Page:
NOTE: In advanced searching using the LIKE operator will automatically append a % wildcard to the end of a search.

NOTE: Overuse of this operator will cause results to become too ambiguous and cause slower returning of results or timeouts depending on the search.

  • ? Single Character Wildcard: The question mark as a search operator will allow for a user to find a word or words without knowing the exact spelling. Unlike the percent wildcard, the question mark operator requires some sort of character to be present in the location of the search operator in the search term.
    • Examples:

Predefined Fields –Title — EQUAL – Test?

Possible Result: Tests

Not a Result: Test

Not a Result: Testing

Predefined Fields –Title — LIKE – %Te?t

Possible Result: Text

Possible Result: First Test

Predefined Fields –Title — LIKE – Test?

Possible Result: Tests

Possible Result: Testing

Not a Result: Test

Note: The search term ‘testing’ will come back in the final example because using the ‘LIKE’ syntax causes the search engine to automatically add a ‘%’ AFTER the question mark wildcard. The the second wildcard will be considered after the first five characters are found that meet the criteria of the search.

  • Commas: Commas can be used to separate search values.
    • Examples:

Predefined Fields – Title – LIKE – Sales, Manager

Possible Result: Sales Lead

Possible Result: Manager of Marketing

Note: This is not limited to Lucene searching and also applies to Keyword Version 2

Keyword Searching

  • % Multi Character Wildcard: The multiple character wildcard will allow the user to search for partial word terms without knowing the exact spelling of the word or words. Just place a percent where the letters are missing.=
    • Examples:

Keyword Search: “Pr%d%t Manager”

Possible Result: Prdt Manager

Possible Result: Product Manager

Keyword Search: “product% Manager”

Possible Result: Production Manager

Possible Result: Product Manager

Keyword Search: “%r%d%t% m%g%r”

Possible Result: Production Manager

Possible Result: Product Manager

NOTE: Overuse of this operator will cause results to become too ambiguous and cause slower returning results or timeouts depending on the overall search run.

  • ? Single Character Wildcard: The question mark as a search operator will allow for a user to find a word or words without knowing the exact spelling. Unlike the percent wildcard the question mark operator requires some sort of character to be present in the location of the search operator in the search term.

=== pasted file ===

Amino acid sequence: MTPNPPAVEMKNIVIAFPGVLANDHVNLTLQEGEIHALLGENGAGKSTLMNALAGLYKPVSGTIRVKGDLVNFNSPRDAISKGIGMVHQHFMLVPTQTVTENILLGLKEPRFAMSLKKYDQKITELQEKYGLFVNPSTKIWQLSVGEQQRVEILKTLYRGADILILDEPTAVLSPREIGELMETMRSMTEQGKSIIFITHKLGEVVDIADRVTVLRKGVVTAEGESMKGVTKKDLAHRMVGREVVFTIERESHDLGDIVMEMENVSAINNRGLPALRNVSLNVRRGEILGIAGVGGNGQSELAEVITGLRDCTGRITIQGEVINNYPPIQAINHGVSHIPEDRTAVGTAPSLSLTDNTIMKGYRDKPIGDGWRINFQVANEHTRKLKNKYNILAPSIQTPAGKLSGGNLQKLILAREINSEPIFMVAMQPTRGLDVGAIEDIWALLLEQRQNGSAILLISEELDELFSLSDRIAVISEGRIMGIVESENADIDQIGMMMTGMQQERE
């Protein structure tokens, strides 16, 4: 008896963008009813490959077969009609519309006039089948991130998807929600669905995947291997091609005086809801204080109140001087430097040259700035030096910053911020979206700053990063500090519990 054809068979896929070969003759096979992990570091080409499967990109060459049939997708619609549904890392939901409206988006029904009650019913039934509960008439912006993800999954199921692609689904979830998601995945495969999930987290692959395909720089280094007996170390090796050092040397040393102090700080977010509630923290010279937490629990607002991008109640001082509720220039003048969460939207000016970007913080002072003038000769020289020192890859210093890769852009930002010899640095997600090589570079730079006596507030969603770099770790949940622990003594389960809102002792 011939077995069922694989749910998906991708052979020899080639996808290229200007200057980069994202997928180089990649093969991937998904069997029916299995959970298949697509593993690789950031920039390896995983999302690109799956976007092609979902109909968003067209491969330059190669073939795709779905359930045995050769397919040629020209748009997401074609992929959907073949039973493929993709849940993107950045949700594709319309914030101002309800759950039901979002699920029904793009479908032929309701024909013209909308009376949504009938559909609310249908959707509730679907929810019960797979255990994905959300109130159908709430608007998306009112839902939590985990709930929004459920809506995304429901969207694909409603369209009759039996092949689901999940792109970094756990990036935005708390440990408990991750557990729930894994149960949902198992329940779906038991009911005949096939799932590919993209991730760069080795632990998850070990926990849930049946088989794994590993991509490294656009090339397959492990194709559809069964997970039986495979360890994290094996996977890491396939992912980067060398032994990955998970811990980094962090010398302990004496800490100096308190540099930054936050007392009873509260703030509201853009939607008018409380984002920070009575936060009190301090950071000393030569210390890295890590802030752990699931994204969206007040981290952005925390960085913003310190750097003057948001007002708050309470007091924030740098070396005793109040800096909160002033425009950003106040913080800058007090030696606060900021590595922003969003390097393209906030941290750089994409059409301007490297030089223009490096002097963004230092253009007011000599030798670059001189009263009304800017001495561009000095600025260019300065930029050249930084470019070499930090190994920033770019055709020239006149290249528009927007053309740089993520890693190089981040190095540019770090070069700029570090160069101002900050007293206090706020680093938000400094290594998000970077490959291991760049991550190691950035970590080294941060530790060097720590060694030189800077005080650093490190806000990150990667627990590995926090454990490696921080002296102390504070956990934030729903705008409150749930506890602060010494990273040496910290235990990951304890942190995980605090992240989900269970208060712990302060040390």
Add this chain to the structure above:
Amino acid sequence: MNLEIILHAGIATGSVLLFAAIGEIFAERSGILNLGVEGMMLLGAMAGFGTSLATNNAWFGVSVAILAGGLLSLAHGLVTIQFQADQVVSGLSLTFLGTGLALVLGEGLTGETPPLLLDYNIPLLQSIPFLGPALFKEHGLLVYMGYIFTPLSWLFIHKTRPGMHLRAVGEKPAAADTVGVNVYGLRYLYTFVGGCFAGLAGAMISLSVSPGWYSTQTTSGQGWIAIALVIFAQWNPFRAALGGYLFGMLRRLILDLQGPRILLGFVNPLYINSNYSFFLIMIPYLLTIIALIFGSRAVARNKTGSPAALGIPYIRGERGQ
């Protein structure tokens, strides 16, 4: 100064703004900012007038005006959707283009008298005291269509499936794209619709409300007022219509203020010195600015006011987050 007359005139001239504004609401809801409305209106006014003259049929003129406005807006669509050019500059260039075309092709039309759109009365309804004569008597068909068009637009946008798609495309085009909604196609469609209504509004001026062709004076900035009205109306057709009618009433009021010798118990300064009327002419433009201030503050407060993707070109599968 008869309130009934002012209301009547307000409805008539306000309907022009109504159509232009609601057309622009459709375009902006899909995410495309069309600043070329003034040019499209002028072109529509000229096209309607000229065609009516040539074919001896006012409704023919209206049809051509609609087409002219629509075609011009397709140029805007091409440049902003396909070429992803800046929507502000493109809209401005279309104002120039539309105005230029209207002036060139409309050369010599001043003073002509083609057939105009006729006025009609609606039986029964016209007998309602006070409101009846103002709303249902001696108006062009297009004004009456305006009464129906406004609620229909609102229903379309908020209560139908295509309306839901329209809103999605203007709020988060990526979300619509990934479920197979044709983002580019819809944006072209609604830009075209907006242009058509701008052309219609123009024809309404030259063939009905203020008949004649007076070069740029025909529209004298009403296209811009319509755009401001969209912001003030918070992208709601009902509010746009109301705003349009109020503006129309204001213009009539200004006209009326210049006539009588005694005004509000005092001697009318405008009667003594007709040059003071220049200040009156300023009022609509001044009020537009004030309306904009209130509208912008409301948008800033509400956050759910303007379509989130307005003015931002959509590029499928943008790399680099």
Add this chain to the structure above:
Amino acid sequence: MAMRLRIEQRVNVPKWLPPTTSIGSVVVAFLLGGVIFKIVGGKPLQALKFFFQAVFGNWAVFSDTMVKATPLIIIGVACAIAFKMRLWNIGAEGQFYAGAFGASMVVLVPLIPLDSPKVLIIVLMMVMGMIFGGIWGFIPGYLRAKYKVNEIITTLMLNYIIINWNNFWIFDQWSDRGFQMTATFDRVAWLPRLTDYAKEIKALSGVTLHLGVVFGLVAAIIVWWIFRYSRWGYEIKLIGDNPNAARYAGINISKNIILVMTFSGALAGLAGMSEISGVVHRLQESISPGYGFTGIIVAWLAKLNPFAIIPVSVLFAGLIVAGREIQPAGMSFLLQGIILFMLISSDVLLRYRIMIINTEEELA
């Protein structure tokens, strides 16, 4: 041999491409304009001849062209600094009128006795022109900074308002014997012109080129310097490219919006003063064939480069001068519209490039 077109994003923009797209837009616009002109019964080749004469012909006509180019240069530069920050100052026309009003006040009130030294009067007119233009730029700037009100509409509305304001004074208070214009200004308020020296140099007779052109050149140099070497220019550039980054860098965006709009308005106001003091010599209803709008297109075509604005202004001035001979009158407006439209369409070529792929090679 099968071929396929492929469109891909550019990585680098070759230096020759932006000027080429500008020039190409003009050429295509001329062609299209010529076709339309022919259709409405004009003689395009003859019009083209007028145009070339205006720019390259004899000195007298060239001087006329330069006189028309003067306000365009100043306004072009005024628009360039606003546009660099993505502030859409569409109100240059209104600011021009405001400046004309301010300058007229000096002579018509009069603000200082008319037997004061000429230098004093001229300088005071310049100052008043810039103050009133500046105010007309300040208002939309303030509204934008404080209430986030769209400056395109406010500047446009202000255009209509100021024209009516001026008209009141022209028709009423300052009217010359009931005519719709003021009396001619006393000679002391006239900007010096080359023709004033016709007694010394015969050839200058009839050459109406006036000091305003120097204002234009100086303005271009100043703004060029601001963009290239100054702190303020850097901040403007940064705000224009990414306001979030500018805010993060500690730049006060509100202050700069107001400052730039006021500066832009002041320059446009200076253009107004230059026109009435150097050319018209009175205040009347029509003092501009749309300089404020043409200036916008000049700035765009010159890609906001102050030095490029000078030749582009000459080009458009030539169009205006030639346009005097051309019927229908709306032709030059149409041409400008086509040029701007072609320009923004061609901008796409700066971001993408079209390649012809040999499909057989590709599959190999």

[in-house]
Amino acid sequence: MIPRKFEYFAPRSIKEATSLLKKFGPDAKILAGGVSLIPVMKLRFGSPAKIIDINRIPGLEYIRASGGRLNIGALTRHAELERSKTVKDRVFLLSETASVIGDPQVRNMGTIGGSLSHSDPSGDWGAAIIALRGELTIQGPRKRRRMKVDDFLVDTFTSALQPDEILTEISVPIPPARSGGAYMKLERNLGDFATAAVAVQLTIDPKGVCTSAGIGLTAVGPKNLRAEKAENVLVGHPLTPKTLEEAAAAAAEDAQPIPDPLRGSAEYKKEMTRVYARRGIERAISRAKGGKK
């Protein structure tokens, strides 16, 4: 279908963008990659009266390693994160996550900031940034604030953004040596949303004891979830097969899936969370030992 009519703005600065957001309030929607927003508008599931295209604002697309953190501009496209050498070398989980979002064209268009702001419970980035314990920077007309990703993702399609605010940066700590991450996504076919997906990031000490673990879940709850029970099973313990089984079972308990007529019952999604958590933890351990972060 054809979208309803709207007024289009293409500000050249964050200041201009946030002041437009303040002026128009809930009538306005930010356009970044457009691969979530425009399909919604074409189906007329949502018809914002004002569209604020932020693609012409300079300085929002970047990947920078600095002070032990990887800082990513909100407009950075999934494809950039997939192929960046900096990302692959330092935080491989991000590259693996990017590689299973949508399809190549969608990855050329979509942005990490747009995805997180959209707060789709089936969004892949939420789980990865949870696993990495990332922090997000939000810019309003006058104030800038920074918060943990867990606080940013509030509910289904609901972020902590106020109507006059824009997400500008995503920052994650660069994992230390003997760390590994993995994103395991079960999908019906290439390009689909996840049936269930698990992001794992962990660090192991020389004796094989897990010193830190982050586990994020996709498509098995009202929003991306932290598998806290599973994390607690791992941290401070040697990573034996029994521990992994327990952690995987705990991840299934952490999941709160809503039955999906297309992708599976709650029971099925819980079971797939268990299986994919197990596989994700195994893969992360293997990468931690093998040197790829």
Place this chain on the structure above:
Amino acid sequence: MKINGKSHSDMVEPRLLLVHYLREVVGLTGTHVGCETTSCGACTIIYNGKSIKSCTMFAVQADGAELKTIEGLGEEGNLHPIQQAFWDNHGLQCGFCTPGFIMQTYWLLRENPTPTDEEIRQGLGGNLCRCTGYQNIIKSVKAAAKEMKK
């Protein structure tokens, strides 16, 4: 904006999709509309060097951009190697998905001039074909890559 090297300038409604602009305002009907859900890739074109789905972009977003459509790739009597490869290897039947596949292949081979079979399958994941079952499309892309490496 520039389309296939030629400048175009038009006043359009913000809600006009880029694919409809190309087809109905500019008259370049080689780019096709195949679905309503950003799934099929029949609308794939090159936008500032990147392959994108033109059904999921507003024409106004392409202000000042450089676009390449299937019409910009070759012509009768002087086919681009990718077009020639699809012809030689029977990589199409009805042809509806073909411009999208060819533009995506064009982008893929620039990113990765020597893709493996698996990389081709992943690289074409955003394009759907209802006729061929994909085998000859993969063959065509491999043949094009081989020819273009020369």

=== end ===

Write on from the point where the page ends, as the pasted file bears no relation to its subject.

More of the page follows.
• Examples:

Keyword Search: Te?t

Possible Result: Test

Possible Result: Text

Keyword Search: Test?

Possible Result: Tests

Not a Result:Text

NOTE: ‘Text’ is not a result because Lucene expects there to be a character in this location.

  • Fuzzy Search Operator: The Fuzzy Search operator is available to find similar words to the keyword which is typed. This can only be placed at the END of a word. This also can only be added next to a SINGLE keyword.
    • Examples:

Keyword Search: Keyword Search: nest~

Possible Result: test

Possible Result: best

  • “keyword1 keyword2″~# Distance Proximity Searching: Using the distance proximity search syntax, two words can be placed in quotes followed by a tilde and a number which represents the maximum desired distance between the words. This number must be a whole number and a positive number. The order of the words in quotes does matter as seen in the examples below.
    • Examples:

Keyword Search: “Sales Manager”~3

Possible Result: sales consultant working towards manager position.

Possible Result: sales manager

  • ^ Term Boosting: A term can be given a boosted value in the scoring equation by placing the carat and a number after the search term. This number must be a positive whole number greater than zero.
    • Examples:

Keyword Search: Product^10 Manager Sales

Possible Result: Product Manager

Note: Due to Boosting, the records with ‘Product Manager’ will come back with a higher relative score than ‘Sales Manager’.

  • OR, AND, NOT Boolean Operators: Currently OR, AND and NOT are the Boolean operators supported in PCRecruiter’s Lucene keyword search implementation. These operators can be placed between words and phrases to create complex or simple searches. If no operator is placed between multiple keywords which are not in quotes (creating a phrase) the default operator OR will be used.

Note: These operators must be in ALL CAPS

 

  • AND

 

Keyword Search: Sales AND Manager Will return results for records who have both of those keywords located in any one section of PCR (Notes, Keywords, Resumes, etc.)